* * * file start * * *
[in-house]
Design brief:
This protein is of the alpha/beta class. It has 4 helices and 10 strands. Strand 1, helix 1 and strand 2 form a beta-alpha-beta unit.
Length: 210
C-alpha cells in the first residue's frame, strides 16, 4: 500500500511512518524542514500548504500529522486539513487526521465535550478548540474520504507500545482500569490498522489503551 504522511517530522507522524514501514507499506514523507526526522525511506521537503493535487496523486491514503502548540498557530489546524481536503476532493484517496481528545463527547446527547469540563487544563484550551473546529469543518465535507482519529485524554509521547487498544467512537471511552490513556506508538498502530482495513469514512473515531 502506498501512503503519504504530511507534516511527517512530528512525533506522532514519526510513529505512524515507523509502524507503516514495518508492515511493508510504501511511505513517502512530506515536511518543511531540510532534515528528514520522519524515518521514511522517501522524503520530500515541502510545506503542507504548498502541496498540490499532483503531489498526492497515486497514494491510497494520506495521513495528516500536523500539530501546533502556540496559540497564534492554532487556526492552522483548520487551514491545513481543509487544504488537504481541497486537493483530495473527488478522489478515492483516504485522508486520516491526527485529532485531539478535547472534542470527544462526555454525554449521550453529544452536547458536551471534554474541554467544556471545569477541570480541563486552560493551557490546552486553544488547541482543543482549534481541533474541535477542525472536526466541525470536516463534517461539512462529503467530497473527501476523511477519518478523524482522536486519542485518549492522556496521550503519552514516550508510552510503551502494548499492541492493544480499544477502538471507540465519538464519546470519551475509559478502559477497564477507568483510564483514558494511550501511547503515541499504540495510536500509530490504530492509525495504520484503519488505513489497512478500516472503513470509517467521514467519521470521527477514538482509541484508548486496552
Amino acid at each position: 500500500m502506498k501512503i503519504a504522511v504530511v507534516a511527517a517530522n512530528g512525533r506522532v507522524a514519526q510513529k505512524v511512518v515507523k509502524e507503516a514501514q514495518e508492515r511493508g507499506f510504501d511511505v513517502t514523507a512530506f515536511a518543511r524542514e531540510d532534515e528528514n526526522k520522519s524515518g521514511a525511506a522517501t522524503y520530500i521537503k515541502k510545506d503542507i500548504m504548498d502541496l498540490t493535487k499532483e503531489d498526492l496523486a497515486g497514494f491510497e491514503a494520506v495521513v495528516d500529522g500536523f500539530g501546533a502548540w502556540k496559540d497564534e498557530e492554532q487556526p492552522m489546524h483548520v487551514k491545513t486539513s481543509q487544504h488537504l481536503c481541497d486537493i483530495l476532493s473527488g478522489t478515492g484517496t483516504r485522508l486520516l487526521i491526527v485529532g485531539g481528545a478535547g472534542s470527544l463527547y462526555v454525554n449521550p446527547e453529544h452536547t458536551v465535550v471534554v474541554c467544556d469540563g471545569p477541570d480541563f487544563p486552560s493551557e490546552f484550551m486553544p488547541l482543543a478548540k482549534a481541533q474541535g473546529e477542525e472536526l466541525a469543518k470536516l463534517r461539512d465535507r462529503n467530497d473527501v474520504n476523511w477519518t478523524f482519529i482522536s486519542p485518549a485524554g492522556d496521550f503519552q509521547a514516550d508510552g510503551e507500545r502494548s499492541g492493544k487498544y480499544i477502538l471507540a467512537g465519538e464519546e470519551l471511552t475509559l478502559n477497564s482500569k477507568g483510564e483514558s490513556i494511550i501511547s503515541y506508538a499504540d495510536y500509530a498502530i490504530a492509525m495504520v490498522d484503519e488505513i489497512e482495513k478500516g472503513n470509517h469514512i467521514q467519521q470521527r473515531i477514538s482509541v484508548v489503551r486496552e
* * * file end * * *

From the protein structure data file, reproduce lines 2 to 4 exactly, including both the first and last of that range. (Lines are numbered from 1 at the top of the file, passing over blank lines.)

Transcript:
Design brief:
This protein is of the alpha/beta class. It has 4 helices and 10 strands. Strand 1, helix 1 and strand 2 form a beta-alpha-beta unit.
Length: 210